As if this wasn't bad enough, in 1958 the US developed a military base on Kwajalein and turned two thirds of Kwajalein lagoon into a missile testing range. That missile testing range has been more involved in the development of the US nuclear arsenal than any other place on earth. All of the US military's long range missiles have been tested at Kwajalein.
So that they could use Kwajalein as the point of impact for missiles fired from the US mainland and other US bases in the Pacific, the US armed forces rounded up people from the islands in the lagoon and moved them onto Ebeye (located next to the US base on Kwajalein Island).
Ebeye has an area of approximately 66 acres - it is a very small island and currently more than 14,000 people are crammed onto it. The sanitation conditions are poor, the supply of water is inadequate and there is meagre shade and shelter. As the population has grown, a causeway has been built to the north linking to other smaller islands. Enniburr is the size of a football field and has 1,000 people living on it. There is no running water, no electricity nor any shops there. Ebeye has been described as the slum of slums and a biological time- bomb ready to go off.
In contrast, the living conditions on the American-controlled islands are described as being like living in paradise. These are the islands where US military personnel, and employees of giant corporations such as Boeing and Raytheon, and their families are based and work. There is a nine- hole golf course, scuba diving, tennis courts and bowling greens for recreation. The educational opportunities are excellent, as is the medical care; consumer goods are subsidised and the latest movies are shown free of charge in an open-air cinema. Around 1,500 Marshallese work on these islands as cooks, cleaners, labourers, groundskeepers and maintenance staff. They are only permitted to be there during daylight hours, and they are not allowed to purchase goods from the subsidised shops.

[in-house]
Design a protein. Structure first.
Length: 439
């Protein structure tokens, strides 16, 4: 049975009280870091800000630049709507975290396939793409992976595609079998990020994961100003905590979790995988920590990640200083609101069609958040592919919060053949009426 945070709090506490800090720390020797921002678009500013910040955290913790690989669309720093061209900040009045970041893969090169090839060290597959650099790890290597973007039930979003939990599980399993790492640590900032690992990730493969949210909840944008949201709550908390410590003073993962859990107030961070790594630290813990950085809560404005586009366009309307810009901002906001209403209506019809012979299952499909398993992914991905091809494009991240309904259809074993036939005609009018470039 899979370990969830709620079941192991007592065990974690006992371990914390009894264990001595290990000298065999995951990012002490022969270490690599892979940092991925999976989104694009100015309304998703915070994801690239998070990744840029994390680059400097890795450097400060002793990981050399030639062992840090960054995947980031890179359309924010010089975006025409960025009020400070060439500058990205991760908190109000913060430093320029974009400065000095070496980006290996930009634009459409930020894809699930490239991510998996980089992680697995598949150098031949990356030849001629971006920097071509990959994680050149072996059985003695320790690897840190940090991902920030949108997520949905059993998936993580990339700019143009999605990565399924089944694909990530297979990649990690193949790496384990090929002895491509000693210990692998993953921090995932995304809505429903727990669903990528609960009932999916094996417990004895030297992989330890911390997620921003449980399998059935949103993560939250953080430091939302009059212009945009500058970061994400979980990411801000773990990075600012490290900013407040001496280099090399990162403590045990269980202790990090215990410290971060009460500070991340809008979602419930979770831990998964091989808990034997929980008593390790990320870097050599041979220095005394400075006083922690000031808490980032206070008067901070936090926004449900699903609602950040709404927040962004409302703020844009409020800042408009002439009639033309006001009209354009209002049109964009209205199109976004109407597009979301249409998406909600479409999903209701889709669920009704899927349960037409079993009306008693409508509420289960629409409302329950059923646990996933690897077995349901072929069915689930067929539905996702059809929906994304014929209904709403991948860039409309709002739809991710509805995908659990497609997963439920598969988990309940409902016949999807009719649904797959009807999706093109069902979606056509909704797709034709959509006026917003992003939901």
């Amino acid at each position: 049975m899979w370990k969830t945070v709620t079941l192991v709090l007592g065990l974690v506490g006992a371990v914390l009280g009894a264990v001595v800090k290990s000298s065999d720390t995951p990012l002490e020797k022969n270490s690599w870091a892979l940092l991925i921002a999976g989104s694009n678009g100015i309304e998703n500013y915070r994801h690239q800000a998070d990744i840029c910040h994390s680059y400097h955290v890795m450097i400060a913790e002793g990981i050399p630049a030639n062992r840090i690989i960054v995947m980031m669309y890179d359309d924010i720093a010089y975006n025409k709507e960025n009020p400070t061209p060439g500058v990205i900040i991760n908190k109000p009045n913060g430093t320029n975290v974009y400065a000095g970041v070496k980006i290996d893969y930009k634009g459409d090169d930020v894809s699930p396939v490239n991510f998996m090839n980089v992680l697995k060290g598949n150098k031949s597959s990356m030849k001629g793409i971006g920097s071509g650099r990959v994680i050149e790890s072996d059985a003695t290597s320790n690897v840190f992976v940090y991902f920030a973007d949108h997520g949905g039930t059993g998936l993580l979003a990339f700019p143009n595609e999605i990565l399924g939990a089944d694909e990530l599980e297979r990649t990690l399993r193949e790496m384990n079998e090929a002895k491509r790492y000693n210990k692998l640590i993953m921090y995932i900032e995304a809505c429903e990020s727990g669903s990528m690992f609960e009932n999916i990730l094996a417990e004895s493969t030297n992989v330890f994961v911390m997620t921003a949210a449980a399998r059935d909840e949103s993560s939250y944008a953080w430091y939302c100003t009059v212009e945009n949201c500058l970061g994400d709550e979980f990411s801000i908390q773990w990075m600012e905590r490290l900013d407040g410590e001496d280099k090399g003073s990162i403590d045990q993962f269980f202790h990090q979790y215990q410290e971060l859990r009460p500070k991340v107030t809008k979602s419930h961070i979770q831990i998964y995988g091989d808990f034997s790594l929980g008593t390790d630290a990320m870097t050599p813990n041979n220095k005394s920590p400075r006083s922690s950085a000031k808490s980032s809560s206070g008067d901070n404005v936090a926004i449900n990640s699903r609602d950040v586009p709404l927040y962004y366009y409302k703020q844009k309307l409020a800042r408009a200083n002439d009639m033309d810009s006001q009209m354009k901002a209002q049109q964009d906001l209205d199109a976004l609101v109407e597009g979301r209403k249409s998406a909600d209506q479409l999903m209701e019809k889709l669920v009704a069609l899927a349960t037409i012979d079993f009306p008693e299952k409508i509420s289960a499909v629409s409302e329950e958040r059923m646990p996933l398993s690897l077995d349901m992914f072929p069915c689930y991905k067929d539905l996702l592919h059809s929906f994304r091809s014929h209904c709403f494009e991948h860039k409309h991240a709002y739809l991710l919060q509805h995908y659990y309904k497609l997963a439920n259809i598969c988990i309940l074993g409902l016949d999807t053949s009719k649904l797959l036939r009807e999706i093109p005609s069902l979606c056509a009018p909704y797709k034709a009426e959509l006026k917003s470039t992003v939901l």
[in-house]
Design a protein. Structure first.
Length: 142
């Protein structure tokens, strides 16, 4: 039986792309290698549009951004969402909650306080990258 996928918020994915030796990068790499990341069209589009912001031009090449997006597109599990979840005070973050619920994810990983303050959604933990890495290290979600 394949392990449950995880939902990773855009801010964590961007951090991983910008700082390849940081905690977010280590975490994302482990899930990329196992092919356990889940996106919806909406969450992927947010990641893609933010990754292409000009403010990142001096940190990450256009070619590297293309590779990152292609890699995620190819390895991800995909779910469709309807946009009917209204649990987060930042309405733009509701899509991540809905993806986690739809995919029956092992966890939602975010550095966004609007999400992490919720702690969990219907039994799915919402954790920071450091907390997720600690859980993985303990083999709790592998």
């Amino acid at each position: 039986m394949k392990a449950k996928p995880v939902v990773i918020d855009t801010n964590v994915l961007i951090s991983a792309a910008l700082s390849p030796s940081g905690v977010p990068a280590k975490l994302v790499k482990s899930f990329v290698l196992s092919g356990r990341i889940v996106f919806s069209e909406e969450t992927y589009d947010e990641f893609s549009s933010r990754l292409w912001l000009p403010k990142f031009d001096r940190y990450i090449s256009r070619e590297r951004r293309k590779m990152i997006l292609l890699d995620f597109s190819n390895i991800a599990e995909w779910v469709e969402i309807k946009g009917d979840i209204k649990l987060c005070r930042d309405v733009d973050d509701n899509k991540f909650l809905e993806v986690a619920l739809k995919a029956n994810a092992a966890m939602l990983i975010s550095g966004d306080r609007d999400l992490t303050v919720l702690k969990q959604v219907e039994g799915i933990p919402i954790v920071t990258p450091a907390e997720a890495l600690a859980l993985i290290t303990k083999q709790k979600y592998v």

I will speak more about the impact of the missile testing range on the Marshallese in a moment, but first let's look at what the US military are doing there.
The Kwajalein missile testing range, renamed the Ronald Reagan Ballistic Missile Defence test site a few months ago, is under the control of the US Army Space and Missile Defence Command - SMDC. Their logo is Supporting the warfighter into the new millennium and beyond set against a globe with armed soldiers, missiles being fired into space and a circling satellite. (See http://www.smdc.army.mil/)
There is an associated launch facility support base at Wake Island. In the blurb about that base ( http://www.smdc.army.mil/kwaj/logistics/wake.html) it says Wake Island is a possession of the United States which sums up the US government's extraordinary attitude towards the Marshall Islands and other areas of the Pacific.